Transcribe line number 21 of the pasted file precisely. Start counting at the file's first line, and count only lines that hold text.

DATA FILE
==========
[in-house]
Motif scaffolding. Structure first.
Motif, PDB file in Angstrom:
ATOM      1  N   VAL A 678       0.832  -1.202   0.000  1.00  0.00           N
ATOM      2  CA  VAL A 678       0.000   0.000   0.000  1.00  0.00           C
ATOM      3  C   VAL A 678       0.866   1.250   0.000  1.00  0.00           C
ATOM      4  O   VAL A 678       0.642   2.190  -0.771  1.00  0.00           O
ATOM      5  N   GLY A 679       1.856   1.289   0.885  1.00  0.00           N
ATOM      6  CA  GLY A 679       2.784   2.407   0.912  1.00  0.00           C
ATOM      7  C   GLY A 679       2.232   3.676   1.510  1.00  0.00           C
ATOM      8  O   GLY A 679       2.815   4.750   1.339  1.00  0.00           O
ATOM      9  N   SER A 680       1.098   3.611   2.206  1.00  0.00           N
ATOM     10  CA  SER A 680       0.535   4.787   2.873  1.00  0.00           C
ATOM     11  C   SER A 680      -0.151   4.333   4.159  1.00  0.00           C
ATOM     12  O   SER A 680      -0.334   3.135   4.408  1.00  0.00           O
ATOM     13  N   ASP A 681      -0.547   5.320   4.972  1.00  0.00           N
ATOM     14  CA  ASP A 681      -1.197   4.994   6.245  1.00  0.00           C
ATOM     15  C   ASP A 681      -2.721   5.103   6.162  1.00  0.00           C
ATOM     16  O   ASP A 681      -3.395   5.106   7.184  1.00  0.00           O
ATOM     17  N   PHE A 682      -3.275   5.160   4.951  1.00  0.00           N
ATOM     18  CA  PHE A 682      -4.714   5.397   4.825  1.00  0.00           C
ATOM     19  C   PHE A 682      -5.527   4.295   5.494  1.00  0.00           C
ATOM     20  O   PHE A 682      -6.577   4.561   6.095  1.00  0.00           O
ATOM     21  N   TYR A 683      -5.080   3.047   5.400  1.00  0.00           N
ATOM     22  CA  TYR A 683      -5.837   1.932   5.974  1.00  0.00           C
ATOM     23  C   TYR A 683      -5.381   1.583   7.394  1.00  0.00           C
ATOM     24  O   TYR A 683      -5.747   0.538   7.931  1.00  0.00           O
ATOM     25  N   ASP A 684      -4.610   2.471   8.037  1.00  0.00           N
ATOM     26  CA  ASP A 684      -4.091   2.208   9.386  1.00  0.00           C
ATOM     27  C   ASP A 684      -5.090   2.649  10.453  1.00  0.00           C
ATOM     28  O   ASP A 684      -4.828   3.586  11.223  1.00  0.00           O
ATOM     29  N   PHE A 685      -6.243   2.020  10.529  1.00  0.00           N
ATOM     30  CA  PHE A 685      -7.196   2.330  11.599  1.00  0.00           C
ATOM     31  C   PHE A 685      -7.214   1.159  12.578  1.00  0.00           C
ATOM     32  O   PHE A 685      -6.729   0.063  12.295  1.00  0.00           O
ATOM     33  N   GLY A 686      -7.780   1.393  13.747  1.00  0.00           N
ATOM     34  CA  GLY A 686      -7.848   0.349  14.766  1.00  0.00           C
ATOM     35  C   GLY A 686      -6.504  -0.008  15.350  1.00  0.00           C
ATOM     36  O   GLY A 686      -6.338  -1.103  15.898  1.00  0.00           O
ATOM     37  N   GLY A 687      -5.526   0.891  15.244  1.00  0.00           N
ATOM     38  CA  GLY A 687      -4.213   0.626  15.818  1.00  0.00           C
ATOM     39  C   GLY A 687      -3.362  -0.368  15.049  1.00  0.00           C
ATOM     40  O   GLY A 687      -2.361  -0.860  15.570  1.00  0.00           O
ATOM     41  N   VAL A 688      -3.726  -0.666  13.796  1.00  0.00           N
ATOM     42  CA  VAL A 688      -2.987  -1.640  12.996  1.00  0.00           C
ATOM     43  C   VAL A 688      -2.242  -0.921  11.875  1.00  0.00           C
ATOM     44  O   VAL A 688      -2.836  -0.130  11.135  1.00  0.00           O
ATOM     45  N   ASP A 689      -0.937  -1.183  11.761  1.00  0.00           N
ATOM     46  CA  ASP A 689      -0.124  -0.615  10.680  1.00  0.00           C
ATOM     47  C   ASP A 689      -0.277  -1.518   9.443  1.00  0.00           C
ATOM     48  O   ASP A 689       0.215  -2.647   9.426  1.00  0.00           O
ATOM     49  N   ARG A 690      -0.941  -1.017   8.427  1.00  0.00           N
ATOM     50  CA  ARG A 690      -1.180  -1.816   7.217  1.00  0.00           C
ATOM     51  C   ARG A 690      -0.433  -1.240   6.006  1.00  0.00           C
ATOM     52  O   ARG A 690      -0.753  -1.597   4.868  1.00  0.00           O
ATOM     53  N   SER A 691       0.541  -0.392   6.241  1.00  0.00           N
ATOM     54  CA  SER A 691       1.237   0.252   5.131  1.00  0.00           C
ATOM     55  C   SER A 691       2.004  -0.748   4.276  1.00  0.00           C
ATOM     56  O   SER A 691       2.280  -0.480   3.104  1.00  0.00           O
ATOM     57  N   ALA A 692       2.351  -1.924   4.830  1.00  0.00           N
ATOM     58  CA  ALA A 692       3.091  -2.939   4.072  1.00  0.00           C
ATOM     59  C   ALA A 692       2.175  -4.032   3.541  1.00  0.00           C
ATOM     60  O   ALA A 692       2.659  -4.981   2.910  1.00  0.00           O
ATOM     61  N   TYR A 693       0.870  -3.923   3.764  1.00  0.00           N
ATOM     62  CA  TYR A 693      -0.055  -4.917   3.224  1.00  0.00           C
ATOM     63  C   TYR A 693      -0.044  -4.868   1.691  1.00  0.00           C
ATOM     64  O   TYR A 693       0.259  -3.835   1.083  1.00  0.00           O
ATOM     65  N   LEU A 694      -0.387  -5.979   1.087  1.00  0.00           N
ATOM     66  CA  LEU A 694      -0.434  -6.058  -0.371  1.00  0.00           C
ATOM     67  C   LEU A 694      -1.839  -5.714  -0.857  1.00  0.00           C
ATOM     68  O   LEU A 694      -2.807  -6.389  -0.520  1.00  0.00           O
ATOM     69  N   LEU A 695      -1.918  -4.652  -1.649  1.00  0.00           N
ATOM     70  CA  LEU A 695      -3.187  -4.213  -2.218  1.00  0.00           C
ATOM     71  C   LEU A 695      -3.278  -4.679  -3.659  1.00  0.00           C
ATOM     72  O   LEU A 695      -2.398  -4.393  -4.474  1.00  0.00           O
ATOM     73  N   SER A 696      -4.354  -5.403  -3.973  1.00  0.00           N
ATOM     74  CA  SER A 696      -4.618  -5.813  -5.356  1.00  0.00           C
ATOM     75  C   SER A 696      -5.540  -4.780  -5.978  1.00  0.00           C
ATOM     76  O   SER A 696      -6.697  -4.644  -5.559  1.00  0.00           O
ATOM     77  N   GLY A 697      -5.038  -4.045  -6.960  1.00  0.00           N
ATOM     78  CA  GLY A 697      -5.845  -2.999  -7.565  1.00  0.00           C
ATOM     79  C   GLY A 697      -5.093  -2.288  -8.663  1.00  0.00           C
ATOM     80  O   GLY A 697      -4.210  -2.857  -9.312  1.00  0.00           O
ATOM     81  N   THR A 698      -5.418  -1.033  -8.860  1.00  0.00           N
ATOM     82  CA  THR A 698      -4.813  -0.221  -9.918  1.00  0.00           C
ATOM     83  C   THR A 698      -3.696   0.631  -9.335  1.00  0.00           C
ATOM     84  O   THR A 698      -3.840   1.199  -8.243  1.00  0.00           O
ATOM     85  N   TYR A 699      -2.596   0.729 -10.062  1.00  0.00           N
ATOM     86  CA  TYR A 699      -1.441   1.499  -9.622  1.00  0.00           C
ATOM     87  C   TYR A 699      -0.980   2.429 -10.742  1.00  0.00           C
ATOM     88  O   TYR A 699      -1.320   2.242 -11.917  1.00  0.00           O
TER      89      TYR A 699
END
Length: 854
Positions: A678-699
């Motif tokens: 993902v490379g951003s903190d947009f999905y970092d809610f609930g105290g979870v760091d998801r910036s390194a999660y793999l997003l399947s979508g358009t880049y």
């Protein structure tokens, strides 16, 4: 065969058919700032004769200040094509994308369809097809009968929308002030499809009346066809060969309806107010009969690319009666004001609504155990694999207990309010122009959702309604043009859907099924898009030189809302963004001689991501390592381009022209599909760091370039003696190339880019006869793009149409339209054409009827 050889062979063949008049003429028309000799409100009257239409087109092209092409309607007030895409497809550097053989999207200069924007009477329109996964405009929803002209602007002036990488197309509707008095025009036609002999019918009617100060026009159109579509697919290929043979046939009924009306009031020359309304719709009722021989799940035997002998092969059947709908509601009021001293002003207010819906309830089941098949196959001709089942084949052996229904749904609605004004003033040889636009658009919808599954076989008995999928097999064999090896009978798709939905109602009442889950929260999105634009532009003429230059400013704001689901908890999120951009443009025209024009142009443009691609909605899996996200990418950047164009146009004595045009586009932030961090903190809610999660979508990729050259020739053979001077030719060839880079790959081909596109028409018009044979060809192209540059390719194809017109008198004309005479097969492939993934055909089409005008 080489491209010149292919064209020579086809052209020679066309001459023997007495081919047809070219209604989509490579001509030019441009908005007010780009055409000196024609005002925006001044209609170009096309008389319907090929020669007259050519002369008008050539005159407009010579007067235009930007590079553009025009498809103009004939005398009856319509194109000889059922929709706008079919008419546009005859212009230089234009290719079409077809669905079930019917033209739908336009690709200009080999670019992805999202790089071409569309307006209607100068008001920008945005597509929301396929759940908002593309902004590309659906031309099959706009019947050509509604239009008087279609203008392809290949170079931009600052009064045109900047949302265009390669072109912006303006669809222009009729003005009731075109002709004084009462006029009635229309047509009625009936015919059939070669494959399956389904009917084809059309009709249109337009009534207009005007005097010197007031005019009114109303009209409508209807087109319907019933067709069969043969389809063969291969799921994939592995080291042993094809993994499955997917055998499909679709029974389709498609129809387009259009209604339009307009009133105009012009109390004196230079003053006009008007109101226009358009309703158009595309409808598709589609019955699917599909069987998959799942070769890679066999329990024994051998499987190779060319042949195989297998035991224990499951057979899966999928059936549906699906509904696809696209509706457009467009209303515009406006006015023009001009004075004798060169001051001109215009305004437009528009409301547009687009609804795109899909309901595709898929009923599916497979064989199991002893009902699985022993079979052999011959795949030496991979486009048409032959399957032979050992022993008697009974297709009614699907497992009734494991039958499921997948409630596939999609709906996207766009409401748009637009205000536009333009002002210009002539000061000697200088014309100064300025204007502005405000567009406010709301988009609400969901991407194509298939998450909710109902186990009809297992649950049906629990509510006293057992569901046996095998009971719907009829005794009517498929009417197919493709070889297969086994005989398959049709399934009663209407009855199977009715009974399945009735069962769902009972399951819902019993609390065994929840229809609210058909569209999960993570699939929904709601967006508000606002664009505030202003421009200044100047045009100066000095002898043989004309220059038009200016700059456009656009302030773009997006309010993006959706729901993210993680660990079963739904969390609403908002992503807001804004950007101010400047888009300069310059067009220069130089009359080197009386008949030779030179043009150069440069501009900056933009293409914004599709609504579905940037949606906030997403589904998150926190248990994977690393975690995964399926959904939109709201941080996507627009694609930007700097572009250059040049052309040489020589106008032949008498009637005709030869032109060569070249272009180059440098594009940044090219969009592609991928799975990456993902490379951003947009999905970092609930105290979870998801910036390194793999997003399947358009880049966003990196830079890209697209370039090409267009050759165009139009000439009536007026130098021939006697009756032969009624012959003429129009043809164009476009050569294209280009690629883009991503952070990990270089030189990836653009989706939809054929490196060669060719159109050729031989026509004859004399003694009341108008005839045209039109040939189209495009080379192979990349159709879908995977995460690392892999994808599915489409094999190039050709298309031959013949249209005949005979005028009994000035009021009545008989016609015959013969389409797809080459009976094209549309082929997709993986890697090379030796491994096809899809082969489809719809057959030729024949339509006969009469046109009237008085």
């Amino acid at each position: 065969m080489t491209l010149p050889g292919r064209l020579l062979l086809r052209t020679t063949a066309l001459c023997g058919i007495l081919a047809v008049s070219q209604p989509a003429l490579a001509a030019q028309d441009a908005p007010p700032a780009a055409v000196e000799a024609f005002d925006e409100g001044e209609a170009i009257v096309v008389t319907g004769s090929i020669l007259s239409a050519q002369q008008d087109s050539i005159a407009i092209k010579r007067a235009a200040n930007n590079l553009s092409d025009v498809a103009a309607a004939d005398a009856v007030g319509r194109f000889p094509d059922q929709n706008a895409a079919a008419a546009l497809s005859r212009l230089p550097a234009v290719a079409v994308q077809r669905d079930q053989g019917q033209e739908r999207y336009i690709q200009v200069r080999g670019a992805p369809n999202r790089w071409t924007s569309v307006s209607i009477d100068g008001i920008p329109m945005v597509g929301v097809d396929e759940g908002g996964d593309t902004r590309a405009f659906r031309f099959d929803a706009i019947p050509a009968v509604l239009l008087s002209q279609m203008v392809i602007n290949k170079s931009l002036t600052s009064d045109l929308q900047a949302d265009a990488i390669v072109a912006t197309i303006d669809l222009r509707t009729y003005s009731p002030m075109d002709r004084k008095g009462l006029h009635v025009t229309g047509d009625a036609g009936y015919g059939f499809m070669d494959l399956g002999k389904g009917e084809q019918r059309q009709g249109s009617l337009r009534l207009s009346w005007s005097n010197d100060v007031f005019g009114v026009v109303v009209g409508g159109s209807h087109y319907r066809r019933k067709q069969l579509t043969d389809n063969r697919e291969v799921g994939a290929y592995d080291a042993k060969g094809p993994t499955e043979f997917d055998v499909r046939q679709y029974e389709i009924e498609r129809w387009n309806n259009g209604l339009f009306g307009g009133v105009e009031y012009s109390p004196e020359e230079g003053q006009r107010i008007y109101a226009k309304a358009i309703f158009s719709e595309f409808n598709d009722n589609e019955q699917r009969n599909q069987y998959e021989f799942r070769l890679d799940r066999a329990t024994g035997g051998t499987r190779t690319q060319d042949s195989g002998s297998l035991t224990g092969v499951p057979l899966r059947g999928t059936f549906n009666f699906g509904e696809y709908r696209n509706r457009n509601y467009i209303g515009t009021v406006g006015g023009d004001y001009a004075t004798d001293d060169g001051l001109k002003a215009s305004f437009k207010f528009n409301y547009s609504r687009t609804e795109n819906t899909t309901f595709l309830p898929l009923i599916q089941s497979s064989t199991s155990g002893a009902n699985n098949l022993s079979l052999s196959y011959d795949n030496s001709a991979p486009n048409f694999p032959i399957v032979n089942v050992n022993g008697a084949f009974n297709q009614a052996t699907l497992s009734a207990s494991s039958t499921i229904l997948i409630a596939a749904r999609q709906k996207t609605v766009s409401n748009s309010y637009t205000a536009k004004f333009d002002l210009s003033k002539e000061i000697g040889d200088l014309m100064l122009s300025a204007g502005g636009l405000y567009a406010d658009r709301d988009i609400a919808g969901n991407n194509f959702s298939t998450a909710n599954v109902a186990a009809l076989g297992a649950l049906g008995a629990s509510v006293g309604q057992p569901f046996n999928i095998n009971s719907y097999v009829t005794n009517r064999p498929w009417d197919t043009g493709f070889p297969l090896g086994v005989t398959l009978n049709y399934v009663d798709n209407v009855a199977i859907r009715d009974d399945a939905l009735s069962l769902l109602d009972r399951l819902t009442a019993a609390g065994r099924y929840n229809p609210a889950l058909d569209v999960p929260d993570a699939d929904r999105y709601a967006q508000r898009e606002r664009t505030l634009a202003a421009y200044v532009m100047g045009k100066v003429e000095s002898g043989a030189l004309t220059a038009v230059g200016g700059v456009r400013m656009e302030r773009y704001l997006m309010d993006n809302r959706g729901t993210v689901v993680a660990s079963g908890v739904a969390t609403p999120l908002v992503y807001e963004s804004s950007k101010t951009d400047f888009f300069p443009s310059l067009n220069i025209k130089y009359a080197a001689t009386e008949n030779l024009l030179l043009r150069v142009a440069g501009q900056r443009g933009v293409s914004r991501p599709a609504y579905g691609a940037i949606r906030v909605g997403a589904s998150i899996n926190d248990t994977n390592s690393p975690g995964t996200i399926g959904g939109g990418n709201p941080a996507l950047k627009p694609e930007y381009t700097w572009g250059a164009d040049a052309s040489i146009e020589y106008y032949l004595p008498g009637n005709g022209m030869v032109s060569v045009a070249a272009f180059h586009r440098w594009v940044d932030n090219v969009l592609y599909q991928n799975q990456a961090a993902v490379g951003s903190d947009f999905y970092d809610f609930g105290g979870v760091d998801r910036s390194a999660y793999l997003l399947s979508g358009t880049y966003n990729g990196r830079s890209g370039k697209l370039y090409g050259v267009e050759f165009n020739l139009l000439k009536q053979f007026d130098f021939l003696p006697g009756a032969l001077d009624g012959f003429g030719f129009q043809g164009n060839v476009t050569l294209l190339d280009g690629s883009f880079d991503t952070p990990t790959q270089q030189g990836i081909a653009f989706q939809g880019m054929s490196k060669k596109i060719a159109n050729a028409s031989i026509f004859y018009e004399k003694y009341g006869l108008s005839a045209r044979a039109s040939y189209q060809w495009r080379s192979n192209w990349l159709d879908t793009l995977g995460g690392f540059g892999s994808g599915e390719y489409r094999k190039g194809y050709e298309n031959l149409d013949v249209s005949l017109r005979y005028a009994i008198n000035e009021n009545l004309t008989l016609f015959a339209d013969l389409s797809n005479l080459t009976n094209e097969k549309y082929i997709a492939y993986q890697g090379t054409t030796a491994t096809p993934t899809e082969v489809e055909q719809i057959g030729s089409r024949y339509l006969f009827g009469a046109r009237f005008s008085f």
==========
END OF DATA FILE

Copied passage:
ATOM     18  CA  PHE A 682      -4.714   5.397   4.825  1.00  0.00           C